Or is it not even necessary, for example in creative professions, that employees have the freedom to do their job well, as the example of Russell James shows. Or can only stars allow themselves that?

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17 responses to “dress code, creative freedom or whimsy? Barefoot to work ”

  1. Marco says:

    Venite a paseggiare scalzi a Rimini, ance io amo girare a piedi nudi quando posso.

    • Simone Janson says:

      Magari .. Almeno li c'e la spiagga per andare scalzi. This is the content of the autotraduzione di Google sembra cosi bene che si capisce i articoli. Saluti in Italia!

  2. Mario Voegtlin says:

    RT @SimoneJanson: What do you mean barefoot to work? How can employees be? #kleiderordnung

  3. Axel Haitzer says:

    RT @SimoneJanson: What do you mean barefoot to work? How can employees be? #kleiderordnung

  4. Simone Janson says:

    Hello Manfred,
    Nice! Thank you! I am also completely against restrictive shoes and high heels. There are more barefoot people than you should think. But it's worth thinking about the safety aspect - shoes are sometimes safer - aren't they?

    • Esther Stratmann says:

      Well, if you work in a chemistry laboratory or in a steel mill, sure. But when you walk through the city or nature, you can hardly get more than a small cut, and that weighs very little compared to the feeling of freedom. You won't believe how robust your feet are when you're used to walking barefoot ...

      Esther, barefoot walkers since 9 years

      • Simone Janson says:

        Thank you for this assessment! But when I think of rough asphalt alone.
        A question: How do you handle it in your job? Elizabeth says yes, at work she has to keep her shoes on ...

        • Esther Stratmann says:

          At the moment I am still studying; in my evening job (waiters in a quite quaint pub) is barefoot no problem.
          Later in my working life I don't know ... I always hope that my dream of free journalism will come true.
          Asphalt is not a problem at all: If you have healthy feet and have walked downstairs without them for 2-3 weeks, you have forgotten how shoes feel. As long as it pinches and pokes a bit; I started walking barefoot quite suddenly when I was 17, and I still remember that the first few weeks on hot urban asphalt in midsummer were pretty painful; thick blood blisters under both pads. But since then I have been running without any complaints ...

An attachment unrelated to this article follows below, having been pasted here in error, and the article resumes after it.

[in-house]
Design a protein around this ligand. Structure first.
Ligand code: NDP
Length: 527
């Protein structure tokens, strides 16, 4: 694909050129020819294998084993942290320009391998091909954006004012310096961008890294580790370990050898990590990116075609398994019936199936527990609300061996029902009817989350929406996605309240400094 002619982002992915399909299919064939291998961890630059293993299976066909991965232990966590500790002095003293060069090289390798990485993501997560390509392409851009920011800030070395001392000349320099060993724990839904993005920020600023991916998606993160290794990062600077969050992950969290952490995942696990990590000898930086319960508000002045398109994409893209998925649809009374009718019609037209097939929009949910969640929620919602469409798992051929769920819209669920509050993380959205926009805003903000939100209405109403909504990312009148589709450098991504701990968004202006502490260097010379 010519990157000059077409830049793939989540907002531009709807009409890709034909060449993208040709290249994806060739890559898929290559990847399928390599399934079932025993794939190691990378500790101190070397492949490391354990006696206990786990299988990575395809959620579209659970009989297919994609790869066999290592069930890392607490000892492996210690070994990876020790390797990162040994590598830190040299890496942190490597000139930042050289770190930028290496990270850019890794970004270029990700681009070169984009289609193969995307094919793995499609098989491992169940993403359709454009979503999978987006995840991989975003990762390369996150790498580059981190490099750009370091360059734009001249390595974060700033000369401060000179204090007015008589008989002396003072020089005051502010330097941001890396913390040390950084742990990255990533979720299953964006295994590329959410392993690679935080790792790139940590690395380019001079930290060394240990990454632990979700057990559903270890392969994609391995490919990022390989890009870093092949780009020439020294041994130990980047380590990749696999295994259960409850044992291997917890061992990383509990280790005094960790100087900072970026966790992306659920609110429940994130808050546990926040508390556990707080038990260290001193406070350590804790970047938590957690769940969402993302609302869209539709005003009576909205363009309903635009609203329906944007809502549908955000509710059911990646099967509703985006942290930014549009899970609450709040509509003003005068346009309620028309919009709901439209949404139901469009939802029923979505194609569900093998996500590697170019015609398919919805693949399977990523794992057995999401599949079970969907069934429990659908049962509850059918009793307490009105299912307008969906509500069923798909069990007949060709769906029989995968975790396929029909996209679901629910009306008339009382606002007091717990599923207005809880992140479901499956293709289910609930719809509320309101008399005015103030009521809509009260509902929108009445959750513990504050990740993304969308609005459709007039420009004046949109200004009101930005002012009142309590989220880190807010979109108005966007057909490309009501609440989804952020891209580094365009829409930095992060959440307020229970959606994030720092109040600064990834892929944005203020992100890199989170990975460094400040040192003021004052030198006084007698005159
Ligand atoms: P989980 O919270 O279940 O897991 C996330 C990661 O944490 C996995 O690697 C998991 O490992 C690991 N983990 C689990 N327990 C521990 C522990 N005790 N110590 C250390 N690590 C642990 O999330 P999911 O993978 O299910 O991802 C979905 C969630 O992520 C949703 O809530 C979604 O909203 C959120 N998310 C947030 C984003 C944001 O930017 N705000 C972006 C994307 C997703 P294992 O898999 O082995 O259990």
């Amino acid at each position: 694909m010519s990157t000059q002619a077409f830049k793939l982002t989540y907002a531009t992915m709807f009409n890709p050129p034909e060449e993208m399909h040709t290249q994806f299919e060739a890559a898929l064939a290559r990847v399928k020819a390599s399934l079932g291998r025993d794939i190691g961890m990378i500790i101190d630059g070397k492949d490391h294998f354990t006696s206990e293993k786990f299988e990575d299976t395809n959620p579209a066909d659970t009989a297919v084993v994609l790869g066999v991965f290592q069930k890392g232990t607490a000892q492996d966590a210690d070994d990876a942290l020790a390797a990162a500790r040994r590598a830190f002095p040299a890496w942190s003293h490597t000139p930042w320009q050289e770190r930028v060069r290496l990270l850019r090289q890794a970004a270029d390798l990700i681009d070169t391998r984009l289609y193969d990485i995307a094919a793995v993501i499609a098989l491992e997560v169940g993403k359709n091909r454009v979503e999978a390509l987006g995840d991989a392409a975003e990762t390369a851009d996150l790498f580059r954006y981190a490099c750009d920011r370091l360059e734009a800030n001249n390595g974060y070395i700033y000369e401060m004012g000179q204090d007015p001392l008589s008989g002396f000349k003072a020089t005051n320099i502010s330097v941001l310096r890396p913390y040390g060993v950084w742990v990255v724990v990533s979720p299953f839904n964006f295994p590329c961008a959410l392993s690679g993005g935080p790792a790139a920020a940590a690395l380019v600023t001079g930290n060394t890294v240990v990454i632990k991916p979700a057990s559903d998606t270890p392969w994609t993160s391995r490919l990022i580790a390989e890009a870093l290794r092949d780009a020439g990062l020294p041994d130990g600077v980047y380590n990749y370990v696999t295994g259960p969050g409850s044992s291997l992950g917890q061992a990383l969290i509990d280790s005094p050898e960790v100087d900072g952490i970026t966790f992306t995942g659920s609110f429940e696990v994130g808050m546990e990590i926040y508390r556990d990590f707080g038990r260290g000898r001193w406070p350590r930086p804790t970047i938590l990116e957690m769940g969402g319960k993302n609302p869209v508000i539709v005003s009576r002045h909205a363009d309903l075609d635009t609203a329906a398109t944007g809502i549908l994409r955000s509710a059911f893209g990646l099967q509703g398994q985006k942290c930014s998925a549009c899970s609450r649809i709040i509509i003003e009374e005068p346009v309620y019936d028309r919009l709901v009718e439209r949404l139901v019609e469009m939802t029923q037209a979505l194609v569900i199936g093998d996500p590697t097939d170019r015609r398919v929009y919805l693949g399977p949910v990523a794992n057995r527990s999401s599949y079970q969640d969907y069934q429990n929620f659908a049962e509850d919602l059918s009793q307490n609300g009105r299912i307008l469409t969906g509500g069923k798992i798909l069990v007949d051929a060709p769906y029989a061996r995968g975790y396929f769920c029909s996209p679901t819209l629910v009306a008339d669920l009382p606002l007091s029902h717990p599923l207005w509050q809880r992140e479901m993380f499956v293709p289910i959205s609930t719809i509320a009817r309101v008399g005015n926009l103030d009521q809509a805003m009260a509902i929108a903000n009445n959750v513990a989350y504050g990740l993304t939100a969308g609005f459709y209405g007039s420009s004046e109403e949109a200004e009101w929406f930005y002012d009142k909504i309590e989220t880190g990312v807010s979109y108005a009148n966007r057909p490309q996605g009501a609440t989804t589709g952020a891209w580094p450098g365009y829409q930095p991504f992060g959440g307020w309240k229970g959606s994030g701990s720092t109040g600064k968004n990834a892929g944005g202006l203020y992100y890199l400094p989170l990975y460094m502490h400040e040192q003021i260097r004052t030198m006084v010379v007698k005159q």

• Esther Stratmann says:

          In rough asphalt I see (in contrast to stony hiking trails) no problem. You have to run barefoot for three weeks, then you do not care how rough the asphalt is (I started barefoot all of a sudden, the first weeks I had bloodballs etc., after a few weeks no more complaints).

          My job? Currently a student, working as a waitress in a barefoot pub in the evening - barefoot is no problem, of course I don't know how it will be at work afterwards, study German: If my dream of freelance journalism comes true, it can work, it would be a teacher probably more difficult ...

  5. Manfred (Ten) says:

    I too belong to the species that lives all year round and consistently barefoot.

    Isn't it rather a “whimsy” to break your feet (and more) with “high heels”, to breed blisters and athlete's foot in warm, damp shoes and to deny the sensual experience of being “grounded”?

    Myself and many barefoot friends from all over Germany, with whom I exchange ideas in our BArfüßer forum and with whom we always have several meetings and hikes each year, find time and again: It works! Problem-free! If you are authentic, well-groomed and noticeably do not want to provoke - then there are only very few reactions - and they are almost always curious-friendly / positive ...

    And should I really do my life after the few others who (still) are caught in their constraints?

  6. dirt foot says:

    What do you mean barefoot to work? How can employees be?

  7. Andreas Prokop says:

    Series - Professional & Life Pictures worldwide: Barefoot through life - Freedom or whimsy? #Business

  8. Andreas Prokop says:

    Series - Professional & Life Pictures worldwide: Barefoot through life - Freedom or whimsy? #Business

  9. Andreas Prokop says:

    Series - Professional & Life Pictures worldwide: Barefoot through life - Freedom or whimsy? #Business

  10. Holger Froese says:

    Series - Professional & Life Pictures worldwide: Barefoot through life - Freedom or whimsy?
    Commented on Twitter

  11. Simone Janson says:

    What do you mean barefoot to work? How can employees be?

  12. Competencepartner says:

    Series - Professional & Life Pictures worldwide: Barefoot through life - Freedom or whimsy ?: Star fashion boss ...